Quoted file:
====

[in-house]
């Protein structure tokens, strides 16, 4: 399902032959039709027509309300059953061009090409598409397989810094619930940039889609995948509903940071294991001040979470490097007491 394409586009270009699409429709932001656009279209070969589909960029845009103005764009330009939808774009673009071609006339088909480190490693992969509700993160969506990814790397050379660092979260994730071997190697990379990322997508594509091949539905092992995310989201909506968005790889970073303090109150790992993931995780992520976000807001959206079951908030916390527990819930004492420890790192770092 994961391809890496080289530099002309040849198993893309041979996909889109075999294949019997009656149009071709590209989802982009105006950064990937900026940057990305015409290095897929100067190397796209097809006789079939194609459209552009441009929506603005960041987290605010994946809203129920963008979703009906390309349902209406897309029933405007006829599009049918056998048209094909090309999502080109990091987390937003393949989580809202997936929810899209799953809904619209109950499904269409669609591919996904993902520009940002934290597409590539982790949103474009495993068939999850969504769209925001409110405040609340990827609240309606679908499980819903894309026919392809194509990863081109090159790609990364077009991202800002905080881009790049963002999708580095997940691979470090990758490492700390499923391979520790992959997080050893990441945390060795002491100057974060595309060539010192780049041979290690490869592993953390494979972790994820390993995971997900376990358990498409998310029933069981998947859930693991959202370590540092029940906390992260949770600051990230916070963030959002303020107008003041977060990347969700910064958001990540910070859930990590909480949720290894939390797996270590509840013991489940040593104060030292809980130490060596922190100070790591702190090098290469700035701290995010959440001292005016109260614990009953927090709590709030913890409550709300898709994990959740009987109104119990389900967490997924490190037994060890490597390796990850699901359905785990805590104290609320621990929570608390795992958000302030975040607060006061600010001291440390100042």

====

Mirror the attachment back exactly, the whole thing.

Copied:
[in-house]
């Protein structure tokens, strides 16, 4: 399902032959039709027509309300059953061009090409598409397989810094619930940039889609995948509903940071294991001040979470490097007491 394409586009270009699409429709932001656009279209070969589909960029845009103005764009330009939808774009673009071609006339088909480190490693992969509700993160969506990814790397050379660092979260994730071997190697990379990322997508594509091949539905092992995310989201909506968005790889970073303090109150790992993931995780992520976000807001959206079951908030916390527990819930004492420890790192770092 994961391809890496080289530099002309040849198993893309041979996909889109075999294949019997009656149009071709590209989802982009105006950064990937900026940057990305015409290095897929100067190397796209097809006789079939194609459209552009441009929506603005960041987290605010994946809203129920963008979703009906390309349902209406897309029933405007006829599009049918056998048209094909090309999502080109990091987390937003393949989580809202997936929810899209799953809904619209109950499904269409669609591919996904993902520009940002934290597409590539982790949103474009495993068939999850969504769209925001409110405040609340990827609240309606679908499980819903894309026919392809194509990863081109090159790609990364077009991202800002905080881009790049963002999708580095997940691979470090990758490492700390499923391979520790992959997080050893990441945390060795002491100057974060595309060539010192780049041979290690490869592993953390494979972790994820390993995971997900376990358990498409998310029933069981998947859930693991959202370590540092029940906390992260949770600051990230916070963030959002303020107008003041977060990347969700910064958001990540910070859930990590909480949720290894939390797996270590509840013991489940040593104060030292809980130490060596922190100070790591702190090098290469700035701290995010959440001292005016109260614990009953927090709590709030913890409550709300898709994990959740009987109104119990389900967490997924490190037994060890490597390796990850699901359905785990805590104290609320621990929570608390795992958000302030975040607060006061600010001291440390100042």